Bouncing Back from Rejection

From the start, my senior year of college has been both exhilarating and terrifying. On the one hand, I feel like I’m ready to be on my own; I want my own apartment, a dog, and to not be constantly drowning in school work. On the other hand, I don’t feel like I’m ready for the amount of responsibility being an adult will bring, and, most importantly, I don’t have any sort of plan for after graduation.

Being the type-A person that I am, I immediately came into my senior year ready to solve that pesky problem of not having a plan for post-grad life. I figured I’d get a job by the end of September, find a roommate by the end of October, and have an apartment lined up by the end of the Fall Semester. Simple, right?

Needless to say, things didn’t go exactly as planned. I must have applied for about 25-50 jobs right out of the gate. Some gave me first round interviews, and I even got to the second round of interviews with a number of companies. However, in the end I didn’t end up getting any of those initial 25-50 jobs that I applied for.

I had always known that if my plan didn’t work out I wouldn’t be happy, but I definitely wasn’t ready for the amount of rejection that I received during this process. I thought my resume was pretty strong; I had 5 internships under my belt, leadership positions for all 4 years of college, and experience with an array of graphics software. I had gotten every internship that I had applied for, and everyone told me that my interviewing skills were strong. So what had gone wrong?

Although I knew that this was somewhat typical for college grads (or almost grads) trying to find a job, it still took me quite a while to bounce back. But in the process, I definitely learned some lessons about dealing with job-related rejection.

Don’t waste time dwelling on the rejection

It’s easy to get caught up in your emotions and spend time moping about being rejected. However, wallowing doesn’t change anything, in fact, it can even make things worse. Spending time feeling down prevents you from using that time to search for a new opportunity, and it can even make you overly cautious when the time comes to interview again. During the interview, you need to exude confidence and enthusiasm for the job, and you can’t do this if you’re constantly second-guessing your own abilities because of past rejections. So although it’s natural to feel disappointed when you receive a rejection, don’t let it dictate how you feel for too long.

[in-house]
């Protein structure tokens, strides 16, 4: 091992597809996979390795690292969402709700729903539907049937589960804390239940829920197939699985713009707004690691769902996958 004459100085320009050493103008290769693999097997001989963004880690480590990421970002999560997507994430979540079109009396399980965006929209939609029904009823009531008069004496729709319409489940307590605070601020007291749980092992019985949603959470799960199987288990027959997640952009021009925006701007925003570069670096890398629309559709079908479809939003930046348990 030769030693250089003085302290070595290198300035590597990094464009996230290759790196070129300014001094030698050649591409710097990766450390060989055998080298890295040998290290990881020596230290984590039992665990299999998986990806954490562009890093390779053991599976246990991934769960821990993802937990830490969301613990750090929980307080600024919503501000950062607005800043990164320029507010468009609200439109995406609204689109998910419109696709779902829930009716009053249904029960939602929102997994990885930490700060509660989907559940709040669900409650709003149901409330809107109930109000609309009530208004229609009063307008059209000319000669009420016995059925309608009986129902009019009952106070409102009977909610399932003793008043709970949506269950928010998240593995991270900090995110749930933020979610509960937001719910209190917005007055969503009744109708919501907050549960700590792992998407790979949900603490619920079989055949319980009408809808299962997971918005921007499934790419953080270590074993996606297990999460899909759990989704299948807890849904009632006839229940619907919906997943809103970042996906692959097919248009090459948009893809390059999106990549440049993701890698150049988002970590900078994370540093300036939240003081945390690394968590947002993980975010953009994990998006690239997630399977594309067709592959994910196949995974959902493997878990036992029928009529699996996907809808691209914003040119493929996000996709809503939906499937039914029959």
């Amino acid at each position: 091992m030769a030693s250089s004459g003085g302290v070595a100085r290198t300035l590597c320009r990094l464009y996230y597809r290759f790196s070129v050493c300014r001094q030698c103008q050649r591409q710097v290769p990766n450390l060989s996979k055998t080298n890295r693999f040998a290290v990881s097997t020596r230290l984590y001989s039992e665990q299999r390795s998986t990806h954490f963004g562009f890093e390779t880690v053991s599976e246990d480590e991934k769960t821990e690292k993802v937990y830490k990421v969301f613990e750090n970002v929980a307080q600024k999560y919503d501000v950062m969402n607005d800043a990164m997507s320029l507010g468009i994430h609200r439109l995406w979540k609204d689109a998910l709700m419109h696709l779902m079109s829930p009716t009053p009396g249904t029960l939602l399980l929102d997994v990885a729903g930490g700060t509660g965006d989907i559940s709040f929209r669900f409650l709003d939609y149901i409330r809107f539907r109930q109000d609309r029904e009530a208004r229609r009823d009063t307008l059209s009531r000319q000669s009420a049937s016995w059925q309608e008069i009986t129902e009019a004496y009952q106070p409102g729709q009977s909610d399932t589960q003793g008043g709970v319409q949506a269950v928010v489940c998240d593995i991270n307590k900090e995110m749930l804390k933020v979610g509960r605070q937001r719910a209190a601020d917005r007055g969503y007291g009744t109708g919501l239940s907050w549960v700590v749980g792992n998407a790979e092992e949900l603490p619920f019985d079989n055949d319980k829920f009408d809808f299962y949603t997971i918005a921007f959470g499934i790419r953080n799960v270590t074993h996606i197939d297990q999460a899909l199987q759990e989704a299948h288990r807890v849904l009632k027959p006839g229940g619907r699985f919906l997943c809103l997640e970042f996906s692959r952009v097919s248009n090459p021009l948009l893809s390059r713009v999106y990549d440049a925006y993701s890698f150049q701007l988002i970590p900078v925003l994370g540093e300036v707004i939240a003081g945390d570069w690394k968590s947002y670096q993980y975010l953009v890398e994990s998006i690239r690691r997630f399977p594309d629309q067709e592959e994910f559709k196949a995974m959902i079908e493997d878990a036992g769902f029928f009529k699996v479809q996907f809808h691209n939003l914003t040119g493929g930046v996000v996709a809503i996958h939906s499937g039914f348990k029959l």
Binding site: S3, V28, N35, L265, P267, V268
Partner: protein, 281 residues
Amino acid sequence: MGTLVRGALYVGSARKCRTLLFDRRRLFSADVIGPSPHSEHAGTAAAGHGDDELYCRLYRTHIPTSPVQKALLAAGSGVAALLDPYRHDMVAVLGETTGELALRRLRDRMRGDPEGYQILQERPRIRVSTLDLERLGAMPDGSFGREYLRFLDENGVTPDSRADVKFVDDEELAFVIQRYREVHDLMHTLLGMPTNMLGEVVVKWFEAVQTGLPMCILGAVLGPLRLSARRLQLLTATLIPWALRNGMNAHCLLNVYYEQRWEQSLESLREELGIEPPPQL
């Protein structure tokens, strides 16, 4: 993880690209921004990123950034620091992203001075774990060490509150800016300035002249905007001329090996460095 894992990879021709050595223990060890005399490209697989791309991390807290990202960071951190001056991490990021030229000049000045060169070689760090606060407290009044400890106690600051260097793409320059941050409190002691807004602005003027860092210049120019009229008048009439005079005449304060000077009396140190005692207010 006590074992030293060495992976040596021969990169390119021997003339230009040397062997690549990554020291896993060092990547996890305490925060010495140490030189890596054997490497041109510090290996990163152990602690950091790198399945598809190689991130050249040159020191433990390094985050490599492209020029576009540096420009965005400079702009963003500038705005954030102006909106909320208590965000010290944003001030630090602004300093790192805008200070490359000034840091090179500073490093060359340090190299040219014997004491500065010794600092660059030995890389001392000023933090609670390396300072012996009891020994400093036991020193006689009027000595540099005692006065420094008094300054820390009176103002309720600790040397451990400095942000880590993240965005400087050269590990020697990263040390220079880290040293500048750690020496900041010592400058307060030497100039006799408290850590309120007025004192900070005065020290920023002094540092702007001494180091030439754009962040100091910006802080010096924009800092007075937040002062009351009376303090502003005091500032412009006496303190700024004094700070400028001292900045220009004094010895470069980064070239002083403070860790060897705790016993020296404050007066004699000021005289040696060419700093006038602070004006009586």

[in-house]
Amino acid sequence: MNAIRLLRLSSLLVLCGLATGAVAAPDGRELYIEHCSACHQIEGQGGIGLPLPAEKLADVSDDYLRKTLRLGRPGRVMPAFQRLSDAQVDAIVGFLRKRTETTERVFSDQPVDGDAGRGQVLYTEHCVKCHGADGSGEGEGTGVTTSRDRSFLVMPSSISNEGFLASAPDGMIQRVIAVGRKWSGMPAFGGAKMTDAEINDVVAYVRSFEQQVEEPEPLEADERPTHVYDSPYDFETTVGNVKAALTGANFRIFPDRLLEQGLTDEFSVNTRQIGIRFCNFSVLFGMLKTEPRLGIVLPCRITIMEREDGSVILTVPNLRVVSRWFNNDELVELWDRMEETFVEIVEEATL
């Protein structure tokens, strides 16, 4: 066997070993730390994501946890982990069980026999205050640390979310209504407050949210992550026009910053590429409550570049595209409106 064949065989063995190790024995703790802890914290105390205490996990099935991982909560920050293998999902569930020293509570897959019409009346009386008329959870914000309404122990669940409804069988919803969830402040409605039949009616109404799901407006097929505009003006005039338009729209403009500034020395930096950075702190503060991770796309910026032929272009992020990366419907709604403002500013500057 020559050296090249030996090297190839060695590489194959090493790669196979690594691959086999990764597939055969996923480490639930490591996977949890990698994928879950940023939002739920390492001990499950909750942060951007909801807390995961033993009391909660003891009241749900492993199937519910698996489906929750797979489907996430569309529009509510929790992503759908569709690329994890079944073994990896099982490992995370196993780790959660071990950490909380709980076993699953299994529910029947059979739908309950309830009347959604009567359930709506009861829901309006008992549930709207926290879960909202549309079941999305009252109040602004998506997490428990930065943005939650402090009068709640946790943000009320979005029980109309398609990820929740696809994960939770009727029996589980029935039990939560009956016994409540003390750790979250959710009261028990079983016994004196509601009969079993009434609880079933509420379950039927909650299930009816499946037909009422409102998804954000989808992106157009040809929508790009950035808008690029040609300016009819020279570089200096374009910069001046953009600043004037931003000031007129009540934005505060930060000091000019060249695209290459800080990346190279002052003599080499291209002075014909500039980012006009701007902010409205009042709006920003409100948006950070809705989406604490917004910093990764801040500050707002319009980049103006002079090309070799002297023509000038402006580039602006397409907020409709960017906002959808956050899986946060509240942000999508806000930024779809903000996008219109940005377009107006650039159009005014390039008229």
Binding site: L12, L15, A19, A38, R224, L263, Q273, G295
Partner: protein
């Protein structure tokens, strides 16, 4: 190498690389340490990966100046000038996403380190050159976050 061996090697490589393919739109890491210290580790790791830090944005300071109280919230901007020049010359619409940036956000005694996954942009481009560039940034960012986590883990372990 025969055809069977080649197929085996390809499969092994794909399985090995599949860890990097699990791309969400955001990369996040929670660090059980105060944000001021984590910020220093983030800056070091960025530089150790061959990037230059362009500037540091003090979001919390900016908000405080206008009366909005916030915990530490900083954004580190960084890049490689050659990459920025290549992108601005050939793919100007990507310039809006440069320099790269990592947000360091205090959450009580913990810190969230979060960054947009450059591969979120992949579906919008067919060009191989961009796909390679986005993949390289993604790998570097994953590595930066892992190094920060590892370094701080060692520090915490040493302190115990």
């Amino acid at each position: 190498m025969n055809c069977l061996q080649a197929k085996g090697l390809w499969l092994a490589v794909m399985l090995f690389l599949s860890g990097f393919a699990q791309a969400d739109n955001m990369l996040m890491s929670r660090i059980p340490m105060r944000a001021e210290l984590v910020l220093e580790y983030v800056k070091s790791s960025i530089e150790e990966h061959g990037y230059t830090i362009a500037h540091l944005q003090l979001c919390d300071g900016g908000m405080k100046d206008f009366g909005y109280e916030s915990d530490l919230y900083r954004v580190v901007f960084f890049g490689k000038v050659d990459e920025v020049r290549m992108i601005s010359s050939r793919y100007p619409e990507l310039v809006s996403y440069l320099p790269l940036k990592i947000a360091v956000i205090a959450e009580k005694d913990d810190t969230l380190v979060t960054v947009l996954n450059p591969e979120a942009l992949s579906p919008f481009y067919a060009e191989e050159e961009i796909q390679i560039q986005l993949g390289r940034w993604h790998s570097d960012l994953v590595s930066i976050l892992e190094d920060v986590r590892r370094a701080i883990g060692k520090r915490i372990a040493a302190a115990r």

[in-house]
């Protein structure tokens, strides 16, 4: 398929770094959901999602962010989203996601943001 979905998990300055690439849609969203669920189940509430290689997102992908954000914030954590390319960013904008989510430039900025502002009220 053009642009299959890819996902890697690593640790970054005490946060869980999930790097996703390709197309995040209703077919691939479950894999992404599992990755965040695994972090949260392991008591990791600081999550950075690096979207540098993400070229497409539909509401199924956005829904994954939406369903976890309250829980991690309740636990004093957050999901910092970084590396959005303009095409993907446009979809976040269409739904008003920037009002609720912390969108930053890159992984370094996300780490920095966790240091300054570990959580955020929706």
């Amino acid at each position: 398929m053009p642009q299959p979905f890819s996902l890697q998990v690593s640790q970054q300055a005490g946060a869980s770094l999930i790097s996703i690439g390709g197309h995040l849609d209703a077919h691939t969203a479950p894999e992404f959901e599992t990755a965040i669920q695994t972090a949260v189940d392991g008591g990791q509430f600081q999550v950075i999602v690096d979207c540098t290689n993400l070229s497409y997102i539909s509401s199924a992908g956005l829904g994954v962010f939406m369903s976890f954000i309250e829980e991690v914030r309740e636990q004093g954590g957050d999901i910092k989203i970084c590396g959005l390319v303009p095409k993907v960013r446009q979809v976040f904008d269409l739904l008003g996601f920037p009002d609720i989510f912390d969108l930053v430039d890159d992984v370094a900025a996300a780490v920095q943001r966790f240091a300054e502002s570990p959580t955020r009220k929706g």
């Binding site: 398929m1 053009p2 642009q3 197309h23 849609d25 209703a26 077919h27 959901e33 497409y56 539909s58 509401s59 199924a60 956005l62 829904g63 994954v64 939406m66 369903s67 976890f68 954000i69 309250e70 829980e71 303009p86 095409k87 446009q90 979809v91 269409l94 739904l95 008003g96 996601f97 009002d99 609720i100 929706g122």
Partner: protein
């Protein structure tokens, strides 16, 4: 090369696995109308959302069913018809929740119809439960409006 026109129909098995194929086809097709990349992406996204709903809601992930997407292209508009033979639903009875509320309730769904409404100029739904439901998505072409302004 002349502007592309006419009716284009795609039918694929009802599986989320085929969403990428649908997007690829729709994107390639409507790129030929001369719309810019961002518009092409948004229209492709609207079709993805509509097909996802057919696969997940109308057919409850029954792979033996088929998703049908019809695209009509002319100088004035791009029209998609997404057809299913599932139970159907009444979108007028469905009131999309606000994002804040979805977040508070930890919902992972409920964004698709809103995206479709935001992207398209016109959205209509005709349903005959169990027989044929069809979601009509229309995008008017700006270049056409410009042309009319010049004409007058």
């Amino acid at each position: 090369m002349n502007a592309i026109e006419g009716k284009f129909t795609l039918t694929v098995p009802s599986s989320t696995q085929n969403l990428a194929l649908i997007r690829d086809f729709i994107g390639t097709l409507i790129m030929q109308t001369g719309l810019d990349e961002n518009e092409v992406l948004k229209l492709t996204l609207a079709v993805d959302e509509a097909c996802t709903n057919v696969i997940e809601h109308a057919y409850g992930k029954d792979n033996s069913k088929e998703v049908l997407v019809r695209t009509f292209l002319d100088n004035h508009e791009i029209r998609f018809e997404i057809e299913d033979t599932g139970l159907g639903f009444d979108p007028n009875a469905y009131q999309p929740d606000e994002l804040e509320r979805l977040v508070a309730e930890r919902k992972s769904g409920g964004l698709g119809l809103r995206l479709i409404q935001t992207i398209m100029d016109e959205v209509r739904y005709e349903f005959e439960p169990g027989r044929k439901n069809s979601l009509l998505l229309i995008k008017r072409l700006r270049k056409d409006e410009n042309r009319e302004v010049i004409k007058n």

Don’t ignore the rejection

My first reaction to rejection letters was definitely to trash them and try to forget that they ever happened. However, rejection gives you an opportunity to ask for feedback. For example, one recruiter told me that although I interviewed well, I didn’t seem to get along with the other candidates. If I had trashed the email instead of asking for feedback, I would have never have known that employers look to see how you interact with the other candidates when you’re interviewing, and would be making that mistake with other companies today.

Rejection also gives you the opportunity to reflect on the process. What do you felt went well? What went poorly? I find that often your gut instinct about situations is right; if you felt that you did poorly on an interview because you looked unprepared, then you probably did! Instead of feeling bad for yourself, try and use this to plan for the next opportunity.

Start working on Plan B

There’s no better way to get over rejection than to move on and start working on something new. Putting your energy into searching for a new opportunity not only helps you to move forward with your goals, it also helps you to move past the rejection by getting excited about something else. Maybe your heart was really set on the company that rejected you, but that doesn’t mean there isn’t a better job out there! Get out there and start looking for a different opportunity; odds are you’ll find something that’s actually a better fit.

Catharine Gaylord || Wayne Office

Advertisements

Leave a Reply

Fill in your details below or click an icon to log in:

WordPress.com Logo

You are commenting using your WordPress.com account. Log Out / Change )

Twitter picture

You are commenting using your Twitter account. Log Out / Change )

Facebook photo

You are commenting using your Facebook account. Log Out / Change )

Google+ photo

You are commenting using your Google+ account. Log Out / Change )

Connecting to %s